Sunday, November 27, 2005


When I finished reading the Advent thing tonight I sat down on the pew and a wave of tears came out of nowhere. It was at that point that I realized something that had never occured to me before: Any time I preached or wrote something or did absolutely anything on stage at church, I could care less what anyone thought about it. Except for one person-- Kyle. I realize how messed up that is, or was, but that's the dealio. I craved his approval. We all did.

At the first service in Truett we read through Kyle's God in the Movies sermon for "Garden State." Most people cried the most when Kyle's conclusion was read. I cried the most during a clip from the movie. Zach Braff and Natalie Portman are burying her hamster and they are supposed to say something nice about the dead. Portman's character made the comment "I hope you liked me."

And I lost it there. From second one I wanted Kyle to like me. Everyone did. Now I'm stuck with the (probably emotionally unhealthy) question-- what do I do now for validation.

Isn't that what we are all looking for? Oprah said it the other day. (I don't watch Oprah much, but I was home and she was on-- don't judge me.) She recognized several years back that all people really want is validation. I think that's one of the simplest truths about human behavior I know now.

I hope he liked me. I know he did. But that didn't stop my need for validation.

One more thing, somewhat related to the previous comments. That site meter I installed has messed with my head. I check it about three times a day to see how many people are reading my blog. It really is quite narcissistic. I need your validation. But at the same time, the more people read the more pressure I feel to write cool stuff. I'll probably screw up a lot, but I still hope you keep reading.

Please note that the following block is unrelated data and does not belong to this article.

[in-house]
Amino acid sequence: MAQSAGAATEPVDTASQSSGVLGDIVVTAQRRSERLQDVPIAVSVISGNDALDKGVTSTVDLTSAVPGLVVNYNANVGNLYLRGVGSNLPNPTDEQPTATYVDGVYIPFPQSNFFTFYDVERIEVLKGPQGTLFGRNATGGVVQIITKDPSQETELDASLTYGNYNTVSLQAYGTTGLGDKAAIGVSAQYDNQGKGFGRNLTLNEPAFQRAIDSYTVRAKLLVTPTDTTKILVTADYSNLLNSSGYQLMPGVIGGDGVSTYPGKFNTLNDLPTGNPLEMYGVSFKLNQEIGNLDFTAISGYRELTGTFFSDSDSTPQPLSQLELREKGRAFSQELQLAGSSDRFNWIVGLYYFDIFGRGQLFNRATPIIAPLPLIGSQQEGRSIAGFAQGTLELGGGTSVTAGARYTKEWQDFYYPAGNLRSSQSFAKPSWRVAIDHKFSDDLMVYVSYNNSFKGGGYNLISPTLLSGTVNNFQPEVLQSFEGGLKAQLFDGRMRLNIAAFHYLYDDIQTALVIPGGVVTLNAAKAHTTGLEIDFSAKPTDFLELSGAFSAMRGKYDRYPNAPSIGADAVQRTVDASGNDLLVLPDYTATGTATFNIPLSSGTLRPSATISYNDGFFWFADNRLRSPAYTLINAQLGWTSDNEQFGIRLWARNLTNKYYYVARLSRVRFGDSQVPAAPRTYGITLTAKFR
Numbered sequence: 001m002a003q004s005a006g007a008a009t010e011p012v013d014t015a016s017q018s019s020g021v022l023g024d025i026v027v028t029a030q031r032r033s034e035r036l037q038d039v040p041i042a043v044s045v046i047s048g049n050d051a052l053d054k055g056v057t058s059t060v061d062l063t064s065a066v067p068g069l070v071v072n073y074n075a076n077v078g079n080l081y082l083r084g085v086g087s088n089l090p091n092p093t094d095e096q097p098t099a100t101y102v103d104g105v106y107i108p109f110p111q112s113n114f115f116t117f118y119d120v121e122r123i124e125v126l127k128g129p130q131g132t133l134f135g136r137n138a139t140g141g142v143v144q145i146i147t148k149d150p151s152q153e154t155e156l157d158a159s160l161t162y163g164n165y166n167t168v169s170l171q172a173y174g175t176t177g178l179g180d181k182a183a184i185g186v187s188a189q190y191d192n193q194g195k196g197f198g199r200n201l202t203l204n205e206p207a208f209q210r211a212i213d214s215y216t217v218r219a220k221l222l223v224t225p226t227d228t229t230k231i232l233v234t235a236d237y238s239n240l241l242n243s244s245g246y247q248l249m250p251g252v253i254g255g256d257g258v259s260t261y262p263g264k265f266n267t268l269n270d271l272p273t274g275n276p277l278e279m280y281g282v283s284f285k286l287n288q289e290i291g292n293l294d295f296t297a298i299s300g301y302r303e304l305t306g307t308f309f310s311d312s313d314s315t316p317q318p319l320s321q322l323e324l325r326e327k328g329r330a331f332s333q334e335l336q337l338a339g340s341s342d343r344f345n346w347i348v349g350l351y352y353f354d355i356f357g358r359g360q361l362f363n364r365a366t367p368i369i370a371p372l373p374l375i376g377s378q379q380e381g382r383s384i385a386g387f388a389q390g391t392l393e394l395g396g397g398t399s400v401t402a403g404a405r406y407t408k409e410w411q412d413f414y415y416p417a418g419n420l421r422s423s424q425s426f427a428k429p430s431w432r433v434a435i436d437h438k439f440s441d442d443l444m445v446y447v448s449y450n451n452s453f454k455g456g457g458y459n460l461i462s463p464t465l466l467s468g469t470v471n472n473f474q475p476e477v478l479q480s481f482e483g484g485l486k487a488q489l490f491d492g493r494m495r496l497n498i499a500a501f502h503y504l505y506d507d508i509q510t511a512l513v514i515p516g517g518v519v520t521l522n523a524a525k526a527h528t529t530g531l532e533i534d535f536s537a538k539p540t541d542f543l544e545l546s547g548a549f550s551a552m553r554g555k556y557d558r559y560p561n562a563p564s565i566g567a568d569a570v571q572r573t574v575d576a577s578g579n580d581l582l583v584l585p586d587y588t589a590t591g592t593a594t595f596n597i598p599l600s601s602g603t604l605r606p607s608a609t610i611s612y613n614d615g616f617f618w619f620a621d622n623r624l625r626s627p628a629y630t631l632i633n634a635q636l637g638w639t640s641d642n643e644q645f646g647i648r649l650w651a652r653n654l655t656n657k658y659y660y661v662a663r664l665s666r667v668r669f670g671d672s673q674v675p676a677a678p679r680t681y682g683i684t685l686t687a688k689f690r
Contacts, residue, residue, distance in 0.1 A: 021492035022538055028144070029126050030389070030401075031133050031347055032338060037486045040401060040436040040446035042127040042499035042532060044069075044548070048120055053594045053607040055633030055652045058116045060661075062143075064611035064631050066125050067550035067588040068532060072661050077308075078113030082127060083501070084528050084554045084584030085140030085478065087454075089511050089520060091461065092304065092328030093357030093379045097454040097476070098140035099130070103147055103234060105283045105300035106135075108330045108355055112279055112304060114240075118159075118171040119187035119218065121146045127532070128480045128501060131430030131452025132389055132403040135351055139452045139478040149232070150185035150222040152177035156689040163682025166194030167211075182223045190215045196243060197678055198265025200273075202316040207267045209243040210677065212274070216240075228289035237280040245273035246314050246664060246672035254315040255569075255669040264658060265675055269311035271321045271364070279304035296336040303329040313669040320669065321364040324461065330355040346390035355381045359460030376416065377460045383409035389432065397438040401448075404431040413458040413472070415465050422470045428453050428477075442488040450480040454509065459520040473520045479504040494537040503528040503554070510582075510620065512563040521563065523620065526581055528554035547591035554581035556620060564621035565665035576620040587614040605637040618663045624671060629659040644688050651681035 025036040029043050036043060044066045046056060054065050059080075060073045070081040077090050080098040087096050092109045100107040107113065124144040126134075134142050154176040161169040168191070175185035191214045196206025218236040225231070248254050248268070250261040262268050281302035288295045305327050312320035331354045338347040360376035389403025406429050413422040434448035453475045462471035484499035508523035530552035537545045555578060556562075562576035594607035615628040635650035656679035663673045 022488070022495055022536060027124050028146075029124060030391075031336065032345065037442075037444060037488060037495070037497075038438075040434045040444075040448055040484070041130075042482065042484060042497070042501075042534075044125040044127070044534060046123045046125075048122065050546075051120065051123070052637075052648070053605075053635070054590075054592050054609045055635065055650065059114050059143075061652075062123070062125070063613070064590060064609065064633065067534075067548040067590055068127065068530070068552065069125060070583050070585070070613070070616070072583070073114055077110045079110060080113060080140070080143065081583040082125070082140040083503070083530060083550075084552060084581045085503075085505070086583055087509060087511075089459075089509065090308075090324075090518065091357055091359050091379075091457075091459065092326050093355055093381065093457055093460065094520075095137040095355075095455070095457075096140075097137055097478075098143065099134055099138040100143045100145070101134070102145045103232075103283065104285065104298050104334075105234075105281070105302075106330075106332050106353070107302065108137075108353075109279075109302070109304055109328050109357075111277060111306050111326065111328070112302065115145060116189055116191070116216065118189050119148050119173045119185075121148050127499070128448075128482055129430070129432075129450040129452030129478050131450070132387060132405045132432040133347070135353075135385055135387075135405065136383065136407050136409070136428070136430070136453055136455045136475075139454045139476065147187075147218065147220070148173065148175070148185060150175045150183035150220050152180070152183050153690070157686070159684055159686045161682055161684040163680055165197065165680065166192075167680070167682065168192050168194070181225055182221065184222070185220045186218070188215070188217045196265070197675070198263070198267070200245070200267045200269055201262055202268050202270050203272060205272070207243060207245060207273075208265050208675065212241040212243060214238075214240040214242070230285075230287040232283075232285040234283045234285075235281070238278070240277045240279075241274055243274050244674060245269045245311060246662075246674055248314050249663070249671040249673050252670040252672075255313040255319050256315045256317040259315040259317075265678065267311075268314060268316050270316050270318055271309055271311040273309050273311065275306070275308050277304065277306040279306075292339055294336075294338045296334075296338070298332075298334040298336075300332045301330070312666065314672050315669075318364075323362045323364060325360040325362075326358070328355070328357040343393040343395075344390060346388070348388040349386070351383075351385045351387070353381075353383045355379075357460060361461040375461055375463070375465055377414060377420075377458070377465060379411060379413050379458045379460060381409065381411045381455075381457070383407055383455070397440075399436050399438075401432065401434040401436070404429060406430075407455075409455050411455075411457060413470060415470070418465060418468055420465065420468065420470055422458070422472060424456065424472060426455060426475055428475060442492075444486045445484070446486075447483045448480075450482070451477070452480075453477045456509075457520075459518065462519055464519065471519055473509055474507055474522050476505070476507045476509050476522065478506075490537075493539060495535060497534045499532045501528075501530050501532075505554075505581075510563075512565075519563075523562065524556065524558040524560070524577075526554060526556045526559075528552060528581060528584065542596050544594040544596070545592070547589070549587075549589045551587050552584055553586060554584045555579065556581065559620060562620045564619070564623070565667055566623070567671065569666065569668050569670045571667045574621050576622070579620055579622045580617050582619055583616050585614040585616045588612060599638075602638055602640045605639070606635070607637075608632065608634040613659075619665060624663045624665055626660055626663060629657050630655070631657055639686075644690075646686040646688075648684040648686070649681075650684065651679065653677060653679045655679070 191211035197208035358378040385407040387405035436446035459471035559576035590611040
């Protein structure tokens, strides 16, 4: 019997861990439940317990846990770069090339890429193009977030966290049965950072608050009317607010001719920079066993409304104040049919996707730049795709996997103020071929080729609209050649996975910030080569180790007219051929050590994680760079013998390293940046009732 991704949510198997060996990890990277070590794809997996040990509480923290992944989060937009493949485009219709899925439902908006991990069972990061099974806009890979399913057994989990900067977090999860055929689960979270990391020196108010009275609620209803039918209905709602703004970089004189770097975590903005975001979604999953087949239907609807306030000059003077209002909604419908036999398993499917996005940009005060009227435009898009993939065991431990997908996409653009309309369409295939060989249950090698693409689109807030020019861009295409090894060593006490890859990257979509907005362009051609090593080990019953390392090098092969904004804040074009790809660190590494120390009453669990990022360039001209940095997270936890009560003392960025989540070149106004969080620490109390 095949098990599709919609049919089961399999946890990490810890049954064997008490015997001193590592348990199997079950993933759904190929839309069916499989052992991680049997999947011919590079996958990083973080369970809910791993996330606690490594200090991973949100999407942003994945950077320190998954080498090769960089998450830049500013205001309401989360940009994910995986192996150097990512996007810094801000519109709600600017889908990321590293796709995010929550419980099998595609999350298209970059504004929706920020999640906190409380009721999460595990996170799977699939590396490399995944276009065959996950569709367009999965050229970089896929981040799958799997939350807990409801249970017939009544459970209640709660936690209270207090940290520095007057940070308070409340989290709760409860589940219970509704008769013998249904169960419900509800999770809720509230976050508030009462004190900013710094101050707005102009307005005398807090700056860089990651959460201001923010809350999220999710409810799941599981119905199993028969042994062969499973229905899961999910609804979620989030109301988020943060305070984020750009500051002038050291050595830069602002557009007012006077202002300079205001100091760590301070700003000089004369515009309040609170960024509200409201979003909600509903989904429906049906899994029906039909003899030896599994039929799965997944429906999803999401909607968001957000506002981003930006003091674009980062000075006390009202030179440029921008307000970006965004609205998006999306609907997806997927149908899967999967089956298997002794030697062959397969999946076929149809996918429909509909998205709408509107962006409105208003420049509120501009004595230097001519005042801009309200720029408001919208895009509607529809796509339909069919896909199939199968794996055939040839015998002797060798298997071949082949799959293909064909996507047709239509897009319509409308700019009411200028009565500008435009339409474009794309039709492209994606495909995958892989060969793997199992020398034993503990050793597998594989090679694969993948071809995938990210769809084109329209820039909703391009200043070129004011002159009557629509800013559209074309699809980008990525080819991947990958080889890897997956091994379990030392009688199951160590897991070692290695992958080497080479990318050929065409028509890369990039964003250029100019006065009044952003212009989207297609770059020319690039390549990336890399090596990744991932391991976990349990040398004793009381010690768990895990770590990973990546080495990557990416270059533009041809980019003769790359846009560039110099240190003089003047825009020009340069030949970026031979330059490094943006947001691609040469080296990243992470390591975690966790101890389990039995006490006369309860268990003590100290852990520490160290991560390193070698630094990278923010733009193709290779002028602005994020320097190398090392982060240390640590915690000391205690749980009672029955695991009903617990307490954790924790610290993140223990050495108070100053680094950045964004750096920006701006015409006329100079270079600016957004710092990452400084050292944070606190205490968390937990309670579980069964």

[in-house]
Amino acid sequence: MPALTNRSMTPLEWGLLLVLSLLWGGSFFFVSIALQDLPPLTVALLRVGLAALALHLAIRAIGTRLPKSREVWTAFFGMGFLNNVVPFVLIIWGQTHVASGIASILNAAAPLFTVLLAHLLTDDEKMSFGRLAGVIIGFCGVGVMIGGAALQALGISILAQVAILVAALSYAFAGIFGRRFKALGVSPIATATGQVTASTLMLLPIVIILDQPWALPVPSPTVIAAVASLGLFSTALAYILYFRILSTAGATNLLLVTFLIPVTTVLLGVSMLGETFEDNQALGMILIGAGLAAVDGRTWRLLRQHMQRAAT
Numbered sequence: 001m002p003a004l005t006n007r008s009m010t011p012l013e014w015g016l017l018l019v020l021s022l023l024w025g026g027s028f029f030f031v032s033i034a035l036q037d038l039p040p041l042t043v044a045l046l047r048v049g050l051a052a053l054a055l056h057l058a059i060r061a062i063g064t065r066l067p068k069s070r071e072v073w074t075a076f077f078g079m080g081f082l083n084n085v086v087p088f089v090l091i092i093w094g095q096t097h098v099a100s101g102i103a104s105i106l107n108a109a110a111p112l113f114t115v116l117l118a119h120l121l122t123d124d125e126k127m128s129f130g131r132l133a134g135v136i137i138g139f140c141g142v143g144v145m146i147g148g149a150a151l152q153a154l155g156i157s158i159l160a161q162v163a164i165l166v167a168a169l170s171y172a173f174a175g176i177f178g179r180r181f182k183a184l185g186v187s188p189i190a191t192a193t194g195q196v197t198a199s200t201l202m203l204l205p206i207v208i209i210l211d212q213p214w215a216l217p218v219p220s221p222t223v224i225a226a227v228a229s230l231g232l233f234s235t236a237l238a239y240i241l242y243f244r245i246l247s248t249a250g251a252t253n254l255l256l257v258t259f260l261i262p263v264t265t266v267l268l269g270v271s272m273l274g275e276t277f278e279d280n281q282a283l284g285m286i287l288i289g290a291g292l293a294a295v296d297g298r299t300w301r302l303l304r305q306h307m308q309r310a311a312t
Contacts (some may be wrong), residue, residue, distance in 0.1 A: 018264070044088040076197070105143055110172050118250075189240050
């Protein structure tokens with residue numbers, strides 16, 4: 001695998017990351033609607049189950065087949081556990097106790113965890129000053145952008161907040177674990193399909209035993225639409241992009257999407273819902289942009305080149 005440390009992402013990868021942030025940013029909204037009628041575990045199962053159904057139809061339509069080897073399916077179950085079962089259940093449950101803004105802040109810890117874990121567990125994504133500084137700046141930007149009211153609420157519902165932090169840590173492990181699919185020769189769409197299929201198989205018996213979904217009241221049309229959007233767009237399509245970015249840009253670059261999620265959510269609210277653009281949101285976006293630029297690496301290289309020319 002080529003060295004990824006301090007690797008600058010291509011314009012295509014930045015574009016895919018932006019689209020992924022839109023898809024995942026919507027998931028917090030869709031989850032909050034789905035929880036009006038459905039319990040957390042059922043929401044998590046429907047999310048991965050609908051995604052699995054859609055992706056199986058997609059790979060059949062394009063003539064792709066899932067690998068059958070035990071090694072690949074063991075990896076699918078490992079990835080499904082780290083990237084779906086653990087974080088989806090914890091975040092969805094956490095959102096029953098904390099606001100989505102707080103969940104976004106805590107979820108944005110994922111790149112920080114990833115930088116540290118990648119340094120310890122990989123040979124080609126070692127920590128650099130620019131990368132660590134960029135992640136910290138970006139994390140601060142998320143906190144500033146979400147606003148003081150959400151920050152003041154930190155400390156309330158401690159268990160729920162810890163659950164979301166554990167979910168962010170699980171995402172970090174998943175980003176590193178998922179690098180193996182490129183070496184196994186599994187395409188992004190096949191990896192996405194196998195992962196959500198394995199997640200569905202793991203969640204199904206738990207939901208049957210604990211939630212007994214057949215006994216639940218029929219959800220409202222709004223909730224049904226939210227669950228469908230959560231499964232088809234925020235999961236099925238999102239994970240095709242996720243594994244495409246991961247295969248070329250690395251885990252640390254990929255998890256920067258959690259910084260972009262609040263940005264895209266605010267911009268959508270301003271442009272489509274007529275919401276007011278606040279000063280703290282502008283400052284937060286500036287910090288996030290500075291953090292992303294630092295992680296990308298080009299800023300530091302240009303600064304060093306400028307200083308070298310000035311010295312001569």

Last night I watched CMT Crossroads (I've talked about it before.) The musical choice wasn't my favorite-- it was Lionel Ritchie and Kenny Rogers, but their banter between songs was amazing. They had wonderful conversations about songwriting. Ritchie said that years ago he brought a song he had written to a producer. The song had a lot of pretty words, metaphors and similes galore. The producer said it was crap. The producer then asked him what he was trying to say with all of this. When Ritchie told him, the producer said "Then write that."

That's what I'm going to try to do more of. When I try to be cool I usually fail miserably.

I'm going to try and steal a play from Blake's playbook and write about my friends in the next few weeks.

Last thing.... the site meter tells me there's a lot of people form Kilgore, Gladewater, and Longview reading along. These scare me the most, because it increases the chances that members of my family are reading. For most people, honesty becomes more difficult around family, and I try to be as honest as possible. So, all that to say-- by any chance are there other Nash's and Reed's reading along?

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